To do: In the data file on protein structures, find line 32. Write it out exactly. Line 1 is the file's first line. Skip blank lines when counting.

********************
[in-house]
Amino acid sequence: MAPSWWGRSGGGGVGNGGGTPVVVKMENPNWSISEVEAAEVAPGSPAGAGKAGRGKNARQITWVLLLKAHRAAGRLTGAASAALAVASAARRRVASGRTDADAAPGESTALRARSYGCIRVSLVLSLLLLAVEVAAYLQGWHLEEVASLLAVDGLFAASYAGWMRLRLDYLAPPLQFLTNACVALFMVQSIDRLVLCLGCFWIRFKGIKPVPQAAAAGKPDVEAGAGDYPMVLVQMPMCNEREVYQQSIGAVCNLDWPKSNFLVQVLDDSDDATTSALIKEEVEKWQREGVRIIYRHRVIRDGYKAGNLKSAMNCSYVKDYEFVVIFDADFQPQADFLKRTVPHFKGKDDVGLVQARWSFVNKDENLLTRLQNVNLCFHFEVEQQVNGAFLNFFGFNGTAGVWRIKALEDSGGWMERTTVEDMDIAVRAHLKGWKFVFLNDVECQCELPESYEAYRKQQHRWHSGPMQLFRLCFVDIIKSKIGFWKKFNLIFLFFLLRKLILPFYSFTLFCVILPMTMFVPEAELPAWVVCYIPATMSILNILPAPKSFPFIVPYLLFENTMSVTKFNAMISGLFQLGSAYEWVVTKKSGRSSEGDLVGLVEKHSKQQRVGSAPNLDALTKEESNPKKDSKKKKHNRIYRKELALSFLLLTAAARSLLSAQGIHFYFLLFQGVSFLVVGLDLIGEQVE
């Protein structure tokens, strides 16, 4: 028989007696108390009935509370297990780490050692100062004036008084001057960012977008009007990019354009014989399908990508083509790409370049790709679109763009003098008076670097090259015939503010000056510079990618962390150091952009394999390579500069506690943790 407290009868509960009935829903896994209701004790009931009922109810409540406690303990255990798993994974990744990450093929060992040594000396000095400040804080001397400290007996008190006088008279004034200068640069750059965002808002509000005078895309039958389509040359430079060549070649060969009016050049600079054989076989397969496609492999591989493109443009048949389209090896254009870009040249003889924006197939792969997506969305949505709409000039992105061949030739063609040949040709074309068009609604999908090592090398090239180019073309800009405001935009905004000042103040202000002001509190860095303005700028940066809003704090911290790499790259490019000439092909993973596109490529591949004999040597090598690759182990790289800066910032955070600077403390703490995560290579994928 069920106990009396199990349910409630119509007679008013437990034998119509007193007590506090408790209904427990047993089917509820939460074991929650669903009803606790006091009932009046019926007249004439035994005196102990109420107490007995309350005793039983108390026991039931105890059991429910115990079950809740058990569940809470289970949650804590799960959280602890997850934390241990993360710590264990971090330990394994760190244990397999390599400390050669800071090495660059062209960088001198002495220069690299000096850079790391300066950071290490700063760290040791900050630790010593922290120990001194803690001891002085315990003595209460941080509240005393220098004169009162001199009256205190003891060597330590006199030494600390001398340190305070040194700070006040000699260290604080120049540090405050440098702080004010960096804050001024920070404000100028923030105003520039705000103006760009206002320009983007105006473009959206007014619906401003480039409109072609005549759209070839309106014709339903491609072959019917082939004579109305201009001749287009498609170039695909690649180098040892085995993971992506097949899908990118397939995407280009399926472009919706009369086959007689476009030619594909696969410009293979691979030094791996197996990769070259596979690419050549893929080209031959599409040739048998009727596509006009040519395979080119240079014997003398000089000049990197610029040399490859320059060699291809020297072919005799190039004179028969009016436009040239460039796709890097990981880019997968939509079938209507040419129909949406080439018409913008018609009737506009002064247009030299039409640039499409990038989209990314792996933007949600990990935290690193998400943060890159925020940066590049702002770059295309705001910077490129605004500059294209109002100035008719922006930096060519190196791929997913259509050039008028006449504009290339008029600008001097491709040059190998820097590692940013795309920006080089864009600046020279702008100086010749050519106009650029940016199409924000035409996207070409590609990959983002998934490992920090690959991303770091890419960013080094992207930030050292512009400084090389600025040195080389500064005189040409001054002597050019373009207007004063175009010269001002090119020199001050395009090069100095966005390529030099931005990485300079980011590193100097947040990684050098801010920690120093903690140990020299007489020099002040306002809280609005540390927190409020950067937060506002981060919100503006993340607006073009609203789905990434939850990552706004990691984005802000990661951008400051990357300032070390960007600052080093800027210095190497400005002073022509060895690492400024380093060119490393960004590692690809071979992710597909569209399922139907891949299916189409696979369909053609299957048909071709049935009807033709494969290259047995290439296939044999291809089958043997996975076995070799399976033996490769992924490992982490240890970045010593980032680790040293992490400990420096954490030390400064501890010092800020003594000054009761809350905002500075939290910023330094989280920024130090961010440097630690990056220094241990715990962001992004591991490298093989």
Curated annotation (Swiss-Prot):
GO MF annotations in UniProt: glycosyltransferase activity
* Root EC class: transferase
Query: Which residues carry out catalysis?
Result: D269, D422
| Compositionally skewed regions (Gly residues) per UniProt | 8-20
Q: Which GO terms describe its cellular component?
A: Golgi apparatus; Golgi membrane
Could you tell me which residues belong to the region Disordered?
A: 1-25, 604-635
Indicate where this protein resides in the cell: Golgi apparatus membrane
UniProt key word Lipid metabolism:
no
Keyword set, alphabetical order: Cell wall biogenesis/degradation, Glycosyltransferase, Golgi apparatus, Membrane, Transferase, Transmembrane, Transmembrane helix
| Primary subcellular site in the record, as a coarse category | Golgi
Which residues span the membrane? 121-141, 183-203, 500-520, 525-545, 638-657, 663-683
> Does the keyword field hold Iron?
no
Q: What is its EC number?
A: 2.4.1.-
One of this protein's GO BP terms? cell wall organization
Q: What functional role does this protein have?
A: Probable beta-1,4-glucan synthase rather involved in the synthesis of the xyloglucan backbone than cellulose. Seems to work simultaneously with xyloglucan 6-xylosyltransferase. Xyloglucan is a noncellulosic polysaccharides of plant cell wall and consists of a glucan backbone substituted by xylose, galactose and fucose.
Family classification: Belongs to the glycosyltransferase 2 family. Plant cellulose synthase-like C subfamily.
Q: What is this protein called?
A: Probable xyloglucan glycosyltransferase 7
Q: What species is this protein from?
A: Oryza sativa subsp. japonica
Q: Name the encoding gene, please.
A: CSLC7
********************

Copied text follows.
Q: Name the encoding gene, please.